CLTS Working Papers, Centre for Land Tenure Studies, Norwegian University of Life Sciences
Input subsidies and demand for improved maize: Relative prices and household heterogeneity matter!
Abstract: This study uses simple non-separable farm household models
calibrated to household, market, farming and policy context conditions in
Central and Southern Malawi. The models are used to simulate how household
characteristics, design and access to input subsidies affect the demand for
improved maize seeds; how increasing land scarcity affects the cropping
system and demand for improved maize; and how access to improved maize
seeds affects household welfare with varying access to input subsidies. The
model simulations demonstrate that a) there is a high risk that access to
subsidized improved maize seeds can crowd out commercial demand for
improved maize seeds but the effect is very sensitive to household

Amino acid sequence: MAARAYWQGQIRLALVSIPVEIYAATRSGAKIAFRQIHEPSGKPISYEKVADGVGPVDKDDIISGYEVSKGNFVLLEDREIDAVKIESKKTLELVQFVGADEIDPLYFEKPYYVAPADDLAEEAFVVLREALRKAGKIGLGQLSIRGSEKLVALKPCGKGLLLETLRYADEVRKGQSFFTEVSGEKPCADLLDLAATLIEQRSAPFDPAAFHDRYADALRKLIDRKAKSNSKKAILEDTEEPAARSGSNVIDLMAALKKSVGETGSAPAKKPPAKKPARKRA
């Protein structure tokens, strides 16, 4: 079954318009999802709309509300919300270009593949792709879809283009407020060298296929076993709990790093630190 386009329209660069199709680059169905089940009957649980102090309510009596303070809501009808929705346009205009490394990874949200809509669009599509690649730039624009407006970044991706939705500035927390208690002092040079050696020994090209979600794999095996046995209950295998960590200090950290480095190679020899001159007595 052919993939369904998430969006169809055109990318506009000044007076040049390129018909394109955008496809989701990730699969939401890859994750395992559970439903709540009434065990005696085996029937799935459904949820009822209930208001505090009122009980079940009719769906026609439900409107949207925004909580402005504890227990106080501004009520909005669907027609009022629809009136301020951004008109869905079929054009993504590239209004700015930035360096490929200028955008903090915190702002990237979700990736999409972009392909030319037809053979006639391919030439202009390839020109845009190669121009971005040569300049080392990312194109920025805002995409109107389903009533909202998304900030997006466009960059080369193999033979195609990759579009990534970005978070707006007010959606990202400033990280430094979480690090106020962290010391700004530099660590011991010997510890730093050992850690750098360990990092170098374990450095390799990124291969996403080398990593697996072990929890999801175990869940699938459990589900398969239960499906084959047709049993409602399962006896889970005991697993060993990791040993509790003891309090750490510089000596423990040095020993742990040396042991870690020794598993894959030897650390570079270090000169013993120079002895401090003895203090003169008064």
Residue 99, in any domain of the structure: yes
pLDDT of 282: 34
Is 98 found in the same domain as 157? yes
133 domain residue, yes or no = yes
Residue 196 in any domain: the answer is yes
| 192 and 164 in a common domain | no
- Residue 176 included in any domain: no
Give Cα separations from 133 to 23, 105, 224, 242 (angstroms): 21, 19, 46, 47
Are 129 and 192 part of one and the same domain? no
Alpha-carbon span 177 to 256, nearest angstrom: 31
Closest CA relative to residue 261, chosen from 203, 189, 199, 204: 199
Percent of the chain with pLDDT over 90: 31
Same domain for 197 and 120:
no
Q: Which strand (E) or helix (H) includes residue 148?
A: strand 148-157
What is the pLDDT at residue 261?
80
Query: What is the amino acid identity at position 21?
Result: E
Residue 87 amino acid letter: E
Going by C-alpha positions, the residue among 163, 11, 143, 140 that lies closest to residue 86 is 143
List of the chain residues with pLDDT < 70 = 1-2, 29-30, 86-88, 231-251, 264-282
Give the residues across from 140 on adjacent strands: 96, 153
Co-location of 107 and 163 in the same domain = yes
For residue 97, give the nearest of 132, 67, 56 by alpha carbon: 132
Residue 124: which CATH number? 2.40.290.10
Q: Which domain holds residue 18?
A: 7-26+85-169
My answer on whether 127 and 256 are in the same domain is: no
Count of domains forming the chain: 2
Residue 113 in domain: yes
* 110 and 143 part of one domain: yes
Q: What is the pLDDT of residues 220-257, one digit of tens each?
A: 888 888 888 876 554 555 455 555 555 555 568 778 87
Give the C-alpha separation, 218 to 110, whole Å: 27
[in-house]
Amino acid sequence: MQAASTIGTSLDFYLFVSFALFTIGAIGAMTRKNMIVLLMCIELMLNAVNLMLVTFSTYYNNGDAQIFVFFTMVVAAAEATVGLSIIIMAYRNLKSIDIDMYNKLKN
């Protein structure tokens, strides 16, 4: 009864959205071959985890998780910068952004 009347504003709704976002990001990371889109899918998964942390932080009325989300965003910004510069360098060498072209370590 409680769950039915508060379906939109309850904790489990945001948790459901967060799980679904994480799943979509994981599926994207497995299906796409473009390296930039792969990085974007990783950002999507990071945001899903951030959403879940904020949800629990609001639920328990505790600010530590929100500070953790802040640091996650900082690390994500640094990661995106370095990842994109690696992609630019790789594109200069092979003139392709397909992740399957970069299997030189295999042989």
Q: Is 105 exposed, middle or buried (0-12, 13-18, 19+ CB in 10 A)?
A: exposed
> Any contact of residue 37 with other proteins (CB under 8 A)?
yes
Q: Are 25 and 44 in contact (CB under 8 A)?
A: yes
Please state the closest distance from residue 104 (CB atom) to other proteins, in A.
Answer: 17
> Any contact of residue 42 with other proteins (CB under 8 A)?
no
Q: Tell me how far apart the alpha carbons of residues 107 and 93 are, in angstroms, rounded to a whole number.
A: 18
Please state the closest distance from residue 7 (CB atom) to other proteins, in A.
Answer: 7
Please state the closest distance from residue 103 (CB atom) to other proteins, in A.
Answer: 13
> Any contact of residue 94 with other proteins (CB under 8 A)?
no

characteristics, market characteristics and relative prices; b) increasing
land scarcity increases the demand for improved maize seeds and improved
maize facilitates intensification among others through intercropping of
maize with legumes such as beans and pigeon peas; c) the welfare effects
depend on households’ ability to utilize the potential of the improved
varieties by combining them with complementary inputs.
Keywords: Improved maize varieties; input subsidies; impact on seed demand; land scarcity; intensification; cash constraints; household welfare; (follow links to similar papers)
JEL-Codes: Q12; Q16; Q18; (follow links to similar papers)
38 pages, June 3, 2013
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